Cusp leakage in non-hexahedral configuration

Discuss how polywell fusion works; share theoretical questions and answers.

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Schneibster
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Cusp leakage in non-hexahedral configuration

Postby Schneibster » Sun Mar 20, 2016 2:05 am

Having just read the paper posted on arXiv by the Polywell team I think that electron leakage from the cusps might be reduced in the octahedral or higher-order configurations; does anyone have any insight into this? I'm kinda throwing this out there for discussion. Is the reason higher-order polygons haven't been tried only monetary?
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krenshala
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Re: Cusp leakage in non-hexahedral configuration

Postby krenshala » Wed Mar 23, 2016 1:28 pm

My understanding is that it is both the money to make the 'extra' pieces, and the time to get them made. Why spend +33% (for the octohedral) or +100% (for the dodec) the time on making parts when you can stick with the cube and start testing sooner.

And yes, I really want to see a working dodecahedral polywell. ;)

hanelyp
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Re: Cusp leakage in non-hexahedral configuration

Postby hanelyp » Wed Mar 23, 2016 3:42 pm

The 6 and 8 coil configurations are duals of each other, the physical coil on one being a virtual coil on the other. So long as circular coils are used the 6 coil version appears to have better symmetry. Same for the 12 vs. 20 coil configurations.
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KitemanSA
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Re: Cusp leakage in non-hexahedral configuration

Postby KitemanSA » Sun Mar 27, 2016 3:07 am

As Dr. Bussard said, it would be wise to test out a square plan-form magnet for the cube-octahedron deignthey have been working on. Personally, I suspect that a bowsided square plan-form would do best.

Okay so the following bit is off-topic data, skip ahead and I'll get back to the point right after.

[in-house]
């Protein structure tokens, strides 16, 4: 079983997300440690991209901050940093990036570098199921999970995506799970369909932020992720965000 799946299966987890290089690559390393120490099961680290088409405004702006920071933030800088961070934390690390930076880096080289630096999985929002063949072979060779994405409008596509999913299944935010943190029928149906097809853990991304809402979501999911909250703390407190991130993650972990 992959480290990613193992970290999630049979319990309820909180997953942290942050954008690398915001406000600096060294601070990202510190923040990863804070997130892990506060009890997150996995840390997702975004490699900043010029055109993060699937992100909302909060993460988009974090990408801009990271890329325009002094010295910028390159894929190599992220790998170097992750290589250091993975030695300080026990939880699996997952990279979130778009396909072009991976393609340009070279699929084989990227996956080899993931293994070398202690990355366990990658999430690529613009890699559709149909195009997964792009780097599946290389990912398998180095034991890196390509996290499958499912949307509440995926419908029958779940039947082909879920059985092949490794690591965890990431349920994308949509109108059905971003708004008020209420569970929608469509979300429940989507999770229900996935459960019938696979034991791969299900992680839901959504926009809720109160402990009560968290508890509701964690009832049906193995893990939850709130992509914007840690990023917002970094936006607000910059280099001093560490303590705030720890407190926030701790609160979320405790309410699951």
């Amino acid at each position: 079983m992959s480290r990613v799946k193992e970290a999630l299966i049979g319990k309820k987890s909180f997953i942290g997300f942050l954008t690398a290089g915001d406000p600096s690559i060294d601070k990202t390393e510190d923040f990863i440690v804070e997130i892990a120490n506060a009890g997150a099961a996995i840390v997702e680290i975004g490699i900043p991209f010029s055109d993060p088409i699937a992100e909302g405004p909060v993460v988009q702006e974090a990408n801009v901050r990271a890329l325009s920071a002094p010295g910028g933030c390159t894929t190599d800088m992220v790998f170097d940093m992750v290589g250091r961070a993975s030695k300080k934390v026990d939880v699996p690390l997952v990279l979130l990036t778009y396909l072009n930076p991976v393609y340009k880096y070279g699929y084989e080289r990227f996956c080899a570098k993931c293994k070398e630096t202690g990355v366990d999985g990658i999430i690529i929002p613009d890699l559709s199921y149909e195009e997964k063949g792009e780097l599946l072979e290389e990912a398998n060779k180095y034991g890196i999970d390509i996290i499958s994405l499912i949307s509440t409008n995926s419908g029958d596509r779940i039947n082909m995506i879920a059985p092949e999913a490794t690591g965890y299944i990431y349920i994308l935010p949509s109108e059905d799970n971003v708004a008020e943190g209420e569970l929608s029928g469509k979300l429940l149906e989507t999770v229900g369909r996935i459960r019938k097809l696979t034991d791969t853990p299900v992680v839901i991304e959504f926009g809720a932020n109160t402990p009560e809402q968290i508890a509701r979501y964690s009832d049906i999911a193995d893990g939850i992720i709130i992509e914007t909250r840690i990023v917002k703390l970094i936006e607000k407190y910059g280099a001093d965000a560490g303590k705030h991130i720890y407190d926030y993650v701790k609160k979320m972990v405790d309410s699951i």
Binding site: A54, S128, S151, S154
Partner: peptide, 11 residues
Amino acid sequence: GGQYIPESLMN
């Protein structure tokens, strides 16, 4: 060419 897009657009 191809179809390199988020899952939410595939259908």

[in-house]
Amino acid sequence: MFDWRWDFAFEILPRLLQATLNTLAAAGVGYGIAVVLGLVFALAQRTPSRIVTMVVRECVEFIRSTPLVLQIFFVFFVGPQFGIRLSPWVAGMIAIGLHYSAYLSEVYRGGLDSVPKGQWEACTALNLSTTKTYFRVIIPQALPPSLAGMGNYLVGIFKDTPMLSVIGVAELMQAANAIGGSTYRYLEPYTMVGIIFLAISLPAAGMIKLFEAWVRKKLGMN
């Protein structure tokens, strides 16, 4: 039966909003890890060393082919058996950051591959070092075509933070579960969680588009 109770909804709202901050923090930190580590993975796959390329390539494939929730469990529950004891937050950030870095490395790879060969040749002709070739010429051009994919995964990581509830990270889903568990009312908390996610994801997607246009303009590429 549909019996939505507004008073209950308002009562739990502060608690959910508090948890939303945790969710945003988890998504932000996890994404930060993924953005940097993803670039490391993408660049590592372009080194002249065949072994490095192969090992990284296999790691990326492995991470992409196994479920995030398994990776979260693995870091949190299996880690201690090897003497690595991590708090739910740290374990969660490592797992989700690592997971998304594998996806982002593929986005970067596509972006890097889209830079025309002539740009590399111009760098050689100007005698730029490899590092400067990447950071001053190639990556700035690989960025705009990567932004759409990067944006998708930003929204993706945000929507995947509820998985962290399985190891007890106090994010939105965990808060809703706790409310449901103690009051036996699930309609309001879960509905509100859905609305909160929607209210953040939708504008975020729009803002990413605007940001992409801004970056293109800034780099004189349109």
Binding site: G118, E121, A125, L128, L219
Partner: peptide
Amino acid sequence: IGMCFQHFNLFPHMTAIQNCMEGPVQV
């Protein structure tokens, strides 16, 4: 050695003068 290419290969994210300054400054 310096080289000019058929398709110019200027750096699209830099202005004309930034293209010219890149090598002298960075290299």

D Tibbets
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Re: Cusp leakage in non-hexahedral configuration

Postby D Tibbets » Sun Mar 27, 2016 7:48 pm

The rounded square magnet shape may be the best compromise, provided the corners abut against each other, not the long sides. This long side paralleling the next side provides to much surface area close to the cusps (within several gyroradii) so ExB losses may become dominate. This is in line with the earlier (prior to WB6) flawed modeling where "Funny Cusps" were a given and desired condition.

With square magnets arranged with the corners abutting, the point cusps and corner cusps will be closer in size. The symmetry through the center will also be maintained. Cusp losses through the corners may be somewhat increased, and point cusp losses may be decreased. But this six magnet arrangement would be more spherical- quasispherical. When asked why 'Mini B' had such wide spacing between the magnets, Dr Parks did not elaborate on the effect on increased corner cusp losses, but he did say it was an effort to increase the sphericity of the machine. How this related to confinement issues was not addressed. As there was little potential well, any anticipated ion convergence to a common center would (I think) be insignificant.

With increased spacing between the round magnets in 'Mini B' the truncated corners of the cube would be larger and the 14 real and virtual magnets would form a more spherical shape. Near square magnets may increase this effect. Going to larger numbers of real magnets could do this better, but at the cost of more complexity, and more (admittedly smaller) point cups.

Dan Tibbets
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Schneibster
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Re: Cusp leakage in non-hexahedral configuration

Postby Schneibster » Sat Apr 02, 2016 1:02 am

Ahhh, so increasing the number of cusps might increase the loss, and the number of edges that approach the cusps doesn't mitigate this effect.

That makes sense. Thanks Dan!
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Re: Cusp leakage in non-hexahedral configuration

Postby KitemanSA » Sat Apr 02, 2016 10:02 am

D Tibbets wrote:The rounded square magnet shape may be the best compromise, provided the corners abut against each other, not the long sides. This long side paralleling the next side provides to much surface area close to the cusps (within several gyroradii) so ExB losses may become dominate. This is in line with the earlier (prior to WB6) flawed modeling where "Funny Cusps" were a given and desired condition.

The side to side configuration would be a cube, not a cube-octahedron. And in the cube-octahedron configuration, the abutting corners create the "funny cusp" as well as a physical construct can.

KitemanSA
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Re: Cusp leakage in non-hexahedral configuration

Postby KitemanSA » Sat Apr 02, 2016 10:05 am

D Tibbets wrote: Going to larger numbers of real magnets could do this better, but at the cost of more complexity, and more (admittedly smaller) point cups.
More magnets with fewer windings each.


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